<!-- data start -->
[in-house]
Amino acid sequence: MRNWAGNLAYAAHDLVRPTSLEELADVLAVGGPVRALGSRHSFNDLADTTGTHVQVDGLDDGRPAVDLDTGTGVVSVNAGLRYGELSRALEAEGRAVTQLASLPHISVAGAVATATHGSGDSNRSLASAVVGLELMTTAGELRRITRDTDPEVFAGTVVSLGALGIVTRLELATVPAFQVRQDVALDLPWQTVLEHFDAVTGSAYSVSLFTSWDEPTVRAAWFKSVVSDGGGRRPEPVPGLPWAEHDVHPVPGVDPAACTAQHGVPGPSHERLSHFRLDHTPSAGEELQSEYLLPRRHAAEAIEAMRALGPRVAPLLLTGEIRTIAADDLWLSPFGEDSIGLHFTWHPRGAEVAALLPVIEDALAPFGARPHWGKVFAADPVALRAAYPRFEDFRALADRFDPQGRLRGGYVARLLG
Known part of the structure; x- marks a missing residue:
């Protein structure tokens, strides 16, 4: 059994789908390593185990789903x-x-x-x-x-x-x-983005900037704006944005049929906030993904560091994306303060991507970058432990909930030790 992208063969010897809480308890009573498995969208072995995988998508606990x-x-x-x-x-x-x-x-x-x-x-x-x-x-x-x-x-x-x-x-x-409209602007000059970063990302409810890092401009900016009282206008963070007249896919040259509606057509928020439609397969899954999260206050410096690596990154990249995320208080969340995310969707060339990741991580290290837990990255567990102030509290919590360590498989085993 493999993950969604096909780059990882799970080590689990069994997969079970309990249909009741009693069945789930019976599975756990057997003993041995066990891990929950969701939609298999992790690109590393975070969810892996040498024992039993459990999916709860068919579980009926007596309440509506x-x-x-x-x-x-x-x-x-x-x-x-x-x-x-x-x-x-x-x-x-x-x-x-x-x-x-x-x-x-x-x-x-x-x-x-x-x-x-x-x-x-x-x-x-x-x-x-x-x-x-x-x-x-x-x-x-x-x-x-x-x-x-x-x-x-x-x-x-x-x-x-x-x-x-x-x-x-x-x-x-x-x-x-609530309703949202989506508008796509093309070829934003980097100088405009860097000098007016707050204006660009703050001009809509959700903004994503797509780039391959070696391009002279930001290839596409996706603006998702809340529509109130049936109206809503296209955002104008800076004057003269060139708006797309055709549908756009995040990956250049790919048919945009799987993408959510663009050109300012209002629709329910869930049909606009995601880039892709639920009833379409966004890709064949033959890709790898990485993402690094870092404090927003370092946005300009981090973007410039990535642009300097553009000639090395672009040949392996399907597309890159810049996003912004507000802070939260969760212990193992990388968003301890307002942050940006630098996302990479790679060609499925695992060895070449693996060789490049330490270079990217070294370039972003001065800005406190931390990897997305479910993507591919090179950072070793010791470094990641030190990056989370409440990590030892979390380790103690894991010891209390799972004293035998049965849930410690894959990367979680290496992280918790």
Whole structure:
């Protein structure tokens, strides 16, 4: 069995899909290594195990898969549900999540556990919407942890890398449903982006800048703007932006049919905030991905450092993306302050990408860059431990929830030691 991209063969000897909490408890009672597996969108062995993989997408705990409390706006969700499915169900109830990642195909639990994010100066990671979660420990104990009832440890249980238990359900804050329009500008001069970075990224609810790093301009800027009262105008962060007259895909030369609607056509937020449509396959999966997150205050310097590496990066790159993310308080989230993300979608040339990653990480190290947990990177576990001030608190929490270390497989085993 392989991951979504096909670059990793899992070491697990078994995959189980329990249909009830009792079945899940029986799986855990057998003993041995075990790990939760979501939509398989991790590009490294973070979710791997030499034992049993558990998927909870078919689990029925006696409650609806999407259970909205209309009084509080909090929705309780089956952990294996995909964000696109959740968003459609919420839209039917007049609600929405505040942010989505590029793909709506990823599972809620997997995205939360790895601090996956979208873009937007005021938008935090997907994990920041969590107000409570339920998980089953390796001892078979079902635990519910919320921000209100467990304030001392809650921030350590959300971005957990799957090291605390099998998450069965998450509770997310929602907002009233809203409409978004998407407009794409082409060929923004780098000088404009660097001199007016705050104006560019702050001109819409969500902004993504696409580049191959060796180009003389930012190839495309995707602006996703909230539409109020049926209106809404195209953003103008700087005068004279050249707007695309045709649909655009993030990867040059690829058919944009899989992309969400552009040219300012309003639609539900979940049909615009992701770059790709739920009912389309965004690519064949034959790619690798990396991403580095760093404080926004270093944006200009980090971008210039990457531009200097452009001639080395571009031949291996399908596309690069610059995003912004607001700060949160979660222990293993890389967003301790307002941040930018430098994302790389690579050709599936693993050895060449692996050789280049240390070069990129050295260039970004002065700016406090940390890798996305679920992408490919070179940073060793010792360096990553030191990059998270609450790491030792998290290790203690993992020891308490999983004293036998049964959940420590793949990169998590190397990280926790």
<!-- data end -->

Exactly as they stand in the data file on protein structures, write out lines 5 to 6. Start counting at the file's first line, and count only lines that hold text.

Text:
Whole structure:
């Protein structure tokens, strides 16, 4: 069995899909290594195990898969549900999540556990919407942890890398449903982006800048703007932006049919905030991905450092993306302050990408860059431990929830030691 991209063969000897909490408890009672597996969108062995993989997408705990409390706006969700499915169900109830990642195909639990994010100066990671979660420990104990009832440890249980238990359900804050329009500008001069970075990224609810790093301009800027009262105008962060007259895909030369609607056509937020449509396959999966997150205050310097590496990066790159993310308080989230993300979608040339990653990480190290947990990177576990001030608190929490270390497989085993 392989991951979504096909670059990793899992070491697990078994995959189980329990249909009830009792079945899940029986799986855990057998003993041995075990790990939760979501939509398989991790590009490294973070979710791997030499034992049993558990998927909870078919689990029925006696409650609806999407259970909205209309009084509080909090929705309780089956952990294996995909964000696109959740968003459609919420839209039917007049609600929405505040942010989505590029793909709506990823599972809620997997995205939360790895601090996956979208873009937007005021938008935090997907994990920041969590107000409570339920998980089953390796001892078979079902635990519910919320921000209100467990304030001392809650921030350590959300971005957990799957090291605390099998998450069965998450509770997310929602907002009233809203409409978004998407407009794409082409060929923004780098000088404009660097001199007016705050104006560019702050001109819409969500902004993504696409580049191959060796180009003389930012190839495309995707602006996703909230539409109020049926209106809404195209953003103008700087005068004279050249707007695309045709649909655009993030990867040059690829058919944009899989992309969400552009040219300012309003639609539900979940049909615009992701770059790709739920009912389309965004690519064949034959790619690798990396991403580095760093404080926004270093944006200009980090971008210039990457531009200097452009001639080395571009031949291996399908596309690069610059995003912004607001700060949160979660222990293993890389967003301790307002941040930018430098994302790389690579050709599936693993050895060449692996050789280049240390070069990129050295260039970004002065700016406090940390890798996305679920992408490919070179940073060793010792360096990553030191990059998270609450790491030792998290290790203690993992020891308490999983004293036998049964959940420590793949990169998590190397990280926790």